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Organic Farmers Beliefs Crucial for Adopting Soil Microbiome-Friendly Practices, Study Finds

A new study by the University of Illinois Urbana-Champaign and Cornell University reveals that organic farmers' beliefs about the soil microbiome significantly influence their adoption of microbiome-supportive practices, which can enhance plant defenses and reduce insect pests.

Saurabh Shukla
Organic Farmers Beliefs Crucial for Adopting Soil Microbiome-Friendly Practices, Study Finds (Photo Source: Pixabay)
Organic Farmers Beliefs Crucial for Adopting Soil Microbiome-Friendly Practices, Study Finds (Photo Source: Pixabay)

Organic farming has been shown to support soil microorganisms that boost plant defenses and reduce insect pests. However, the effectiveness of these practices can vary, and understanding farmers' motivations is key to promoting microbiome-supportive techniques. A recent study by the University of Illinois Urbana-Champaign and Cornell University explores how organic farmers' beliefs about the microbiome impact their soil management practices.

The study, titled “Motivating organic farmers to adopt practices that support the pest-suppressive microbiome relies on understanding their beliefs,” was published in Renewable Agriculture and Food Systems. It delves into the perspectives of organic farmers on the soil microbiome and its influence on agricultural practices.

Co-author Shadi Atallah, associate professor in the Department of Agricultural and Consumer Economics at Illinois, mentioned that there is minimal research on farmers' perspectives regarding the soil microbiome and its influence on their choice of agricultural practices. The ultimate goal is to comprehend the economic incentives for organic farmers to adopt microbiome-friendly practices in the future.

The research involved a survey of 85 organic vegetable farmers in New York, examining their beliefs about the microbiome, farming practices, and motivations. Participants were also asked to provide soil samples from their fields. The survey explained the interaction between soil microbes and plant defenses and asked farmers to express their agreement with various statements about factors influencing the soil microbiome.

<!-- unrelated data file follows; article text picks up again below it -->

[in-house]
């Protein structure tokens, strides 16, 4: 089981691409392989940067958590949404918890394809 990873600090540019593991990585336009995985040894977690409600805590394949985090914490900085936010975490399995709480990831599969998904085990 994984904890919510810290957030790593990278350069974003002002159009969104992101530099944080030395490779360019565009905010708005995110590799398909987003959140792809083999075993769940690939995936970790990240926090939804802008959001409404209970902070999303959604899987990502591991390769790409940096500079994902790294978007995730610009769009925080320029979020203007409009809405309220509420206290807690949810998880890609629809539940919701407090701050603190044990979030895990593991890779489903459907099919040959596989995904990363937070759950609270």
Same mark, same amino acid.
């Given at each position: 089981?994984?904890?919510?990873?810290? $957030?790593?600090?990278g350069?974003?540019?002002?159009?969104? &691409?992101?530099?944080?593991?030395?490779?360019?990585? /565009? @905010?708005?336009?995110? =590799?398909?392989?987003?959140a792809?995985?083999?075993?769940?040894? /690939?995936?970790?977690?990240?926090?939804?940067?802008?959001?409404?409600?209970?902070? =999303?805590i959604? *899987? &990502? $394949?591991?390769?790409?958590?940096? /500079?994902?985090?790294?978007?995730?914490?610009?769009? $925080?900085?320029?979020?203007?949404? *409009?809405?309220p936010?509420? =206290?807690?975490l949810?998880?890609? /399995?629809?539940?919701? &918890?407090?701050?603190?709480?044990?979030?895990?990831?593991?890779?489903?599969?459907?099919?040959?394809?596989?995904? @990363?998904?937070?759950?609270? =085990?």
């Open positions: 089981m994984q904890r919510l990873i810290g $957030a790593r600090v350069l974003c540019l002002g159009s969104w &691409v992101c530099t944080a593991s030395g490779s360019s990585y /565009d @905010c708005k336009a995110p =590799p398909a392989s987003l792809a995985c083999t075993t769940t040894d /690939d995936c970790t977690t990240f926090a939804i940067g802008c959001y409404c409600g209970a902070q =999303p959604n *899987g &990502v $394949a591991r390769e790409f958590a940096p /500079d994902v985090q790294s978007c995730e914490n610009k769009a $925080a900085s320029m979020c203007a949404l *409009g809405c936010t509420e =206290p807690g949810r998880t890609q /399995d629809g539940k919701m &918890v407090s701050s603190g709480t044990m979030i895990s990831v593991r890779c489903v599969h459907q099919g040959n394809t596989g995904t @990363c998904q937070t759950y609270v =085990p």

Lead author Elias Bloom, a postdoctoral research associate at Cornell, observed that nearly all farmers (96%) acknowledged the microbiome's impact on plant defenses and pest suppression on their farms. However, there was considerable diversity in their beliefs regarding the factors that contribute to a healthy microbiome.

The study identified seven belief clusters based on the farmers' views on the impact of on-farm practices, external factors, or a combination of both. Farmers who believed in the significance of practices like no-till or cover cropping tended to adopt these methods, aligning with scientific literature on supporting the microbiome.

The researchers also examined demographic factors like farm size and age of the farmer concerning practice adoption. For instance, larger farms generally exhibit less diversification and lower likelihood of adopting practices such as no-till and biological mulches. According to Bloom, expanding the scale of no-tillage and diversified crop production is crucial to promoting these ecosystem benefits on larger farms.

Atallah emphasized the importance of targeted messaging by Extension services and land management agencies to encourage investments in the soil microbiome. While socio-economic characteristics can serve as proxies for beliefs, understanding the latter is crucial for fully grasping farmer motivations.

Co-author Clare Casteel, associate professor in the School of Integrated Plant Science at Cornell, highlighted another significant and promising aspect of the study that they plan to explore further. They have collected soil samples from all participating farmers across various sites. Their next steps involve measuring changes in the microbiome and connecting biological findings with economic perspectives and current farmer beliefs.

Atallah pointed out that the study is exploratory and focuses on a sample of organic farmers in New York, a state where organic farming is thriving. The findings, though not conclusive on a national scale, can inform future research on microbiome-friendly practices.

Bloom highlighted that understanding why different farmers choose specific practices based on their beliefs about the microbiome is an initial step toward incentivizing organic practices. He also discussed potential market incentives, such as a microbiome-friendly ecolabel on food products.

Regarding the broader implications of their research, Bloom drew parallels between soil and human health. He noted that just as diet affects human gut microbiome and health, agricultural practices influence soil microbiome and crop health. These parallels growing public interest in the microbiome and its impact across various domains.

Bloom suggested that their work in organic agriculture and soil microbiome is akin to broader efforts to comprehend the microbiome's role in human health and farming systems, underscoring that much remains to be understood about these interconnected dynamics.

(Source: University of Illinois Urbana-Champaign)

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